Posted by: csdailyblog | September 30, 2010

Conserve School Science Class: Testing Water Quality from a Canoe

Josh W., Tanna, and Jonathan with water quality sampling equipment.

At Conserve School, in science class you don’t sit at a desk — you sit (or kneel) in a canoe.

Last week the science classes went out on Big Donahue Lake to sample water quality from canoes. Students analyzed the data they had collected once they had returned to the Lowenwood Recreation Center (LRC). Here’s Conserve student Bonnie’s description:

The water sampling started with [Science Teacher] Andy [Milbauer] explaining the various instruments we would use to measure the quality of the water. We used a Secchi disk and a Van Dorn bottle. We split into groups and canoed out into Big Donahue Lake. The person in the middle did most of the measuring, and the people in the front and the back tried to keep the canoe from moving (which was difficult because it was so windy). We also took the water temperature and the  dissolved oxygen level. We returned to the LRC and compared our data with other groups. I really enjoyed doing this activity because it was hands-on.

And here’s Science Teacher Andrew Milbauer’s explanation:

Robert Eady, also a Conserve School science teacher, and I took the students out onto Big Donahue, where they used sampling bottles to collect water at every foot of depth down to 8-9 feet. Each sample was collected in a bottle called a Van Dorn bottle. Once the bottle was set, students lowered it down on a line to the correct depth. Once there, we released a brass “messenger” (weight), which travels down the line and causes the bottle to close at an exact depth. These bottles become challenging in boats that drift. We were in canoes on an impressively windy day. The students persevered despite the wind.

Once the samples were retrieved, we used electronic sensors to collect temperature and dissolved oxygen readings for each depth. We also had the students measure the turbidity (water clarity) using a Secchi disk.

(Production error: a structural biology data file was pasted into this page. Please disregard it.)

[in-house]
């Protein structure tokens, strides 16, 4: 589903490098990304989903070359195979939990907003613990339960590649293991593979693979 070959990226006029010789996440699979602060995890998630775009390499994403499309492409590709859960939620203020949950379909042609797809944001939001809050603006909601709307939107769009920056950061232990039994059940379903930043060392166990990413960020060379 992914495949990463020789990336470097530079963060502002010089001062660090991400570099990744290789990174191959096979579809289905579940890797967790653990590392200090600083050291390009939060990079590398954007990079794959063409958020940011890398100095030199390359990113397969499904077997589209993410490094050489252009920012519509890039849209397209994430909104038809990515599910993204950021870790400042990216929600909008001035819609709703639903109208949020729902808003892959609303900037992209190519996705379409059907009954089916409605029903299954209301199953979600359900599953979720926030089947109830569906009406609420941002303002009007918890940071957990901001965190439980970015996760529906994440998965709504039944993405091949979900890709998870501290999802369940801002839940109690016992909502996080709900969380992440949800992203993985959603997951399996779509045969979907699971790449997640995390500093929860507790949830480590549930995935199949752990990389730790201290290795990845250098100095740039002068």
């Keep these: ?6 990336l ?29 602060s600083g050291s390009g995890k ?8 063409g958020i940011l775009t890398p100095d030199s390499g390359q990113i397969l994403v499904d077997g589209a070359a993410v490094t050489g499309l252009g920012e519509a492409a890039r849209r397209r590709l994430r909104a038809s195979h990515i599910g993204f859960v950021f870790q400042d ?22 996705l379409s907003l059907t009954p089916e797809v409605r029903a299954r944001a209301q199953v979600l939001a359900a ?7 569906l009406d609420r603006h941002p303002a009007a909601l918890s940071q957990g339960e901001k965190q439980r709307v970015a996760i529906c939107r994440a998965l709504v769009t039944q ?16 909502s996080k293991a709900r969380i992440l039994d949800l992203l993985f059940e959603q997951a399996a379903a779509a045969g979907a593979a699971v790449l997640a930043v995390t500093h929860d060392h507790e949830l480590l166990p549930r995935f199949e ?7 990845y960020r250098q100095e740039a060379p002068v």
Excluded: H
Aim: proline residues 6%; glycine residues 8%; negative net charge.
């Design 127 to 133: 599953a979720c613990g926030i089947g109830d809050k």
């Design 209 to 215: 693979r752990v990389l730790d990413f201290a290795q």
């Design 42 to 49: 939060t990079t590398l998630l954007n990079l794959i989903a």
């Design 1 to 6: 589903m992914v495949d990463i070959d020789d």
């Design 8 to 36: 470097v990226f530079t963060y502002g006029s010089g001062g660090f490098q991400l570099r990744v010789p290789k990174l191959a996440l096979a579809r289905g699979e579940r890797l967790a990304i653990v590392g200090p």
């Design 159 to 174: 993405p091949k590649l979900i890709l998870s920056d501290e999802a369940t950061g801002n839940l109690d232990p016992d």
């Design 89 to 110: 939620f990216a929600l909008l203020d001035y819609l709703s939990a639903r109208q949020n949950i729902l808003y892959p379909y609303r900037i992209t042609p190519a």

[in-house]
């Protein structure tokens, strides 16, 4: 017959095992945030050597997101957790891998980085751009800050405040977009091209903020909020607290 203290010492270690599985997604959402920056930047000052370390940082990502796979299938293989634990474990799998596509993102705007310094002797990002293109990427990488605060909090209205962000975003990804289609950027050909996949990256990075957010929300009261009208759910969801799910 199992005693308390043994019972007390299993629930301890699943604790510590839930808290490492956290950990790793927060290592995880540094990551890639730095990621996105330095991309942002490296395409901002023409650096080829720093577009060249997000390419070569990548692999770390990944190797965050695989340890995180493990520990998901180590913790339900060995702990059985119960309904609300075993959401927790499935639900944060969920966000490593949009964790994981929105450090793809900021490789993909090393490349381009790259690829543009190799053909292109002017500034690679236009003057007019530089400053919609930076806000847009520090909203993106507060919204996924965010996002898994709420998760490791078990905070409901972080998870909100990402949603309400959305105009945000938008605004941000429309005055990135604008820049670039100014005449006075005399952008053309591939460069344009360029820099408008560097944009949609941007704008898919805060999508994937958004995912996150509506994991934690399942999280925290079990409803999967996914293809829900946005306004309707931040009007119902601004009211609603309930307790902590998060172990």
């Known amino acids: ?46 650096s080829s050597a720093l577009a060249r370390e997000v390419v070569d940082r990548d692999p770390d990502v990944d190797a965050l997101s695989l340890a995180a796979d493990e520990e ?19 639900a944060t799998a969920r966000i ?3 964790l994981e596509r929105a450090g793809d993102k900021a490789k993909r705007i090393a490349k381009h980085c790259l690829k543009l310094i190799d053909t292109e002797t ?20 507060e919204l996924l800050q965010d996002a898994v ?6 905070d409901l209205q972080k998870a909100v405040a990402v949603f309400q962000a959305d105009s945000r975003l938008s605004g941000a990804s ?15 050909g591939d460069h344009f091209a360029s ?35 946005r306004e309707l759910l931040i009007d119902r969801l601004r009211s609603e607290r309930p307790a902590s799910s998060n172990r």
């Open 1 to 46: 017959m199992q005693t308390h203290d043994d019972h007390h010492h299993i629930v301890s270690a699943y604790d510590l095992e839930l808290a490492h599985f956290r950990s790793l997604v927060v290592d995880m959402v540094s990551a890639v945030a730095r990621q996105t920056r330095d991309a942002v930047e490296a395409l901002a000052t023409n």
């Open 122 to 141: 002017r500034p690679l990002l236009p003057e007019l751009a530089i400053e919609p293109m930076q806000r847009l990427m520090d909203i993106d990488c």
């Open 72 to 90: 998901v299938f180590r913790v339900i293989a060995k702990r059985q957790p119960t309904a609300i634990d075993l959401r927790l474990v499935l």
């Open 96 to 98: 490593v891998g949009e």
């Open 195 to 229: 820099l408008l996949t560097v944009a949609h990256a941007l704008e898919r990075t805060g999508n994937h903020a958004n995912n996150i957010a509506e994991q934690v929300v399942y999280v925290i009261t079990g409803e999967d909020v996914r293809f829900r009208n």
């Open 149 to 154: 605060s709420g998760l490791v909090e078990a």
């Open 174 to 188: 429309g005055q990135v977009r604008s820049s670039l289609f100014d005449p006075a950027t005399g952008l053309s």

Julia and Sarah paddle while Jake handles sampling.

The theme of the day was the use of traditional limnological research equipment. Trout Lake Station, in Boulder Junction, Wisconsin, became one of the first centers of lake studies — limnology — in the world with the help of two professors from UW Madison: Chancey Juday and Edward Birge. The work dates back to the late 1900s, although the station was established in the 1920s. Later in the week we discussed two recent shifts in lake studies. These shifts, which came about in part through the influence of Trout Lake Station, included a focus starting in the early 1980s on long-term ecology research. Recently, UW Madison helped develop a new way to study lakes using remote sensing buoys to collect data at a higher frequency than ever before possible. These buoys are part of an international database called Global Lakes Ecological Observatory Network (www.gleon.org). Next week we will launch our own buoy with the students to complete our unit on lake studies. This buoy was built by Conserve staff and students and funded by a Toyota Tapestry Grant through the National Science Teachers Association.

Thanks for sharing, Bonnie and Andy, and thanks to both Robert and Andy for all the photos!

Mary Anna

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